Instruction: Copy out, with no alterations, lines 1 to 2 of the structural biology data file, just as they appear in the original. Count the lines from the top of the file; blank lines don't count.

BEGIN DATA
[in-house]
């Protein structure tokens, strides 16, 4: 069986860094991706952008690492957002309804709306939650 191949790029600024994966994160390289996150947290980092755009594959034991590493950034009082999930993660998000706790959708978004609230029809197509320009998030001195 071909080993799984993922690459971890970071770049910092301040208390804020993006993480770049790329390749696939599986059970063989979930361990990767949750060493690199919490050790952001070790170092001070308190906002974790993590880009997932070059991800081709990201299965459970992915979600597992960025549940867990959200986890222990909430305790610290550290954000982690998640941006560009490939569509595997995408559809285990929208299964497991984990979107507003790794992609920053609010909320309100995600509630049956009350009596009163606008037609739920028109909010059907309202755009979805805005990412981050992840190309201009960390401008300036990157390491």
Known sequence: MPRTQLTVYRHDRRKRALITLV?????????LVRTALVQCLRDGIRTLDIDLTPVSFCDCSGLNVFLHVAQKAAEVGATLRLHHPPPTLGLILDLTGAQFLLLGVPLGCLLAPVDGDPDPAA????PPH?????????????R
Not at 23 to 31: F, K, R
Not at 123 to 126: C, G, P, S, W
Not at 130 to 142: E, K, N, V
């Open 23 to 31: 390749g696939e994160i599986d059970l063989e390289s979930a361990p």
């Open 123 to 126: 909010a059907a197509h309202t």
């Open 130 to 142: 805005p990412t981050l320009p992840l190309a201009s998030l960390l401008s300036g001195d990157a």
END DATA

[in-house]
């Protein structure tokens, strides 16, 4: 069986860094991706952008690492957002309804709306939650 191949790029600024994966994160390289996150947290980092755009594959034991590493950034009082999930993660998000706790959708978004609230029809197509320009998030001195 071909080993799984993922690459971890970071770049910092301040208390804020993006993480770049790329390749696939599986059970063989979930361990990767949750060493690199919490050790952001070790170092001070308190906002974790993590880009997932070059991800081709990201299965459970992915979600597992960025549940867990959200986890222990909430305790610290550290954000982690998640941006560009490939569509595997995408559809285990929208299964497991984990979107507003790794992609920053609010909320309100995600509630049956009350009596009163606008037609739920028109909010059907309202755009979805805005990412981050992840190309201009960390401008300036990157390491």